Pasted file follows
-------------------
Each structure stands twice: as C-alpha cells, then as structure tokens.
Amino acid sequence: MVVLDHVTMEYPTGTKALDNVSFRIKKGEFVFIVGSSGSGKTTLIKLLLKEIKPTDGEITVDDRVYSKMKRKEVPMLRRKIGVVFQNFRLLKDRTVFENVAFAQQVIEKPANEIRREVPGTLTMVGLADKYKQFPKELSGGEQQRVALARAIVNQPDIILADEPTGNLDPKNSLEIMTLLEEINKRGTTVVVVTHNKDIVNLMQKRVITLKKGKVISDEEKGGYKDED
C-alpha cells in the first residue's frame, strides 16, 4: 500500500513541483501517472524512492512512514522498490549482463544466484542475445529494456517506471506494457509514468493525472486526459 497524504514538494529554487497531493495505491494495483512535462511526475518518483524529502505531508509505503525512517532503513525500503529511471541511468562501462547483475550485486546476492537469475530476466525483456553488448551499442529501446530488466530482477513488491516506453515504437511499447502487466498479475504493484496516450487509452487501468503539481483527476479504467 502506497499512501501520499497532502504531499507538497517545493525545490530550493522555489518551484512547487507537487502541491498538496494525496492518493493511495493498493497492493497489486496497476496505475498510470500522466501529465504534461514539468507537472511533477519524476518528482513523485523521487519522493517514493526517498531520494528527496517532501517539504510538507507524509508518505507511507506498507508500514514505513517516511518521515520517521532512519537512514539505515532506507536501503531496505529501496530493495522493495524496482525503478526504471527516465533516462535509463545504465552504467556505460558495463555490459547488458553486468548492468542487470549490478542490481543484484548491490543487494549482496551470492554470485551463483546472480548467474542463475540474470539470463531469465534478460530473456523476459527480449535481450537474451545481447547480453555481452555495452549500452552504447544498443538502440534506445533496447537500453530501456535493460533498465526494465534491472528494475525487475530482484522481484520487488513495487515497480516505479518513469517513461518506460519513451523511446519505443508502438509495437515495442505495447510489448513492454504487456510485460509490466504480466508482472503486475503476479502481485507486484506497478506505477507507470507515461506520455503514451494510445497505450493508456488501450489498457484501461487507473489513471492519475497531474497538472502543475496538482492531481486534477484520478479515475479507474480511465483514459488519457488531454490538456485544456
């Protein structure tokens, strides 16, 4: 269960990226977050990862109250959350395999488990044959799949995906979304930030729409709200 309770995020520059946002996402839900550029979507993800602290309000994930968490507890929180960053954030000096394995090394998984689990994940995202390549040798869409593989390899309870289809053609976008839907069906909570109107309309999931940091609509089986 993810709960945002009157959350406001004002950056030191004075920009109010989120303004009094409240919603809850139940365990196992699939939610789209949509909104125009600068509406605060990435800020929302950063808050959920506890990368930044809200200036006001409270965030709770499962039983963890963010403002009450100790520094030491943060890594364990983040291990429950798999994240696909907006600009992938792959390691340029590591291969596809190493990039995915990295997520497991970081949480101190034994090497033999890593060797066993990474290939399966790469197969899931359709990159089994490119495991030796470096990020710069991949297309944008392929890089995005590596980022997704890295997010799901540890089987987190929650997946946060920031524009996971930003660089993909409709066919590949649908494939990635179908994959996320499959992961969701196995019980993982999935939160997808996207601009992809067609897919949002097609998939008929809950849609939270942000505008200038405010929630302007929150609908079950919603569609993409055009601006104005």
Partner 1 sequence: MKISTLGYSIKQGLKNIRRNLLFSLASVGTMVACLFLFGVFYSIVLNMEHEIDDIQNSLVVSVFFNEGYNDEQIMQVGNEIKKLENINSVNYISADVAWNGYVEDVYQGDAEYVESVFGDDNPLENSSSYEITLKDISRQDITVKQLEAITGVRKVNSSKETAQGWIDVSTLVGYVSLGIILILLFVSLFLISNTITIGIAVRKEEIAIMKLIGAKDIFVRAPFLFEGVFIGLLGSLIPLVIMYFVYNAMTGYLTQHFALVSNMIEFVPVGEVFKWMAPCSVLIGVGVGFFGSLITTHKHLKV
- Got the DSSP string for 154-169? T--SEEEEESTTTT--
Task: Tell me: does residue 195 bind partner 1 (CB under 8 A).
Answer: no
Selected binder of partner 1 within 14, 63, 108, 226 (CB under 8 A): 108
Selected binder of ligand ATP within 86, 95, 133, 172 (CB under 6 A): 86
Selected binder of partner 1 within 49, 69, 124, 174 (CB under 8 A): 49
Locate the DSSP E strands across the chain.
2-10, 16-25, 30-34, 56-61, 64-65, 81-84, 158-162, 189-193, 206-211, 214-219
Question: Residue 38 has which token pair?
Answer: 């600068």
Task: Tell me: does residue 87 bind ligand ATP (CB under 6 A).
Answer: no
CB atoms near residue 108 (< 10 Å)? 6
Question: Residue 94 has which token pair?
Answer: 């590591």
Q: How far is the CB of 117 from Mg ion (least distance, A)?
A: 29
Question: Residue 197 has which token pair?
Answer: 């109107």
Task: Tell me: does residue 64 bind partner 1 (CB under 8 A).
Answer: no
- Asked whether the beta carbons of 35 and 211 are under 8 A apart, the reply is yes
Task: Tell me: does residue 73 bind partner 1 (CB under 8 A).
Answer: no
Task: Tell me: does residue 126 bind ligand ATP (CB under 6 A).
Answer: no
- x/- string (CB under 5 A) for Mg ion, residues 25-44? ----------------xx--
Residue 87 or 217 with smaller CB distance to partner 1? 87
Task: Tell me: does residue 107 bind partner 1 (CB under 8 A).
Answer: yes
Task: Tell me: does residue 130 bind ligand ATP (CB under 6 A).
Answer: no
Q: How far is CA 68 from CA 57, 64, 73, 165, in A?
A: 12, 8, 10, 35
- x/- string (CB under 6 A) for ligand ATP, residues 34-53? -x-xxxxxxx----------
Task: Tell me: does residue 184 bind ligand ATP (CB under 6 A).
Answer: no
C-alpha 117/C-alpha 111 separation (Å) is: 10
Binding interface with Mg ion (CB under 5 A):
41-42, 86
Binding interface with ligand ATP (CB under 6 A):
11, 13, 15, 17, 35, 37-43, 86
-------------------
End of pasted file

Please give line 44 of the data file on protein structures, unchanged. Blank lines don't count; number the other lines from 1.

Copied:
Binding interface with Mg ion (CB under 5 A):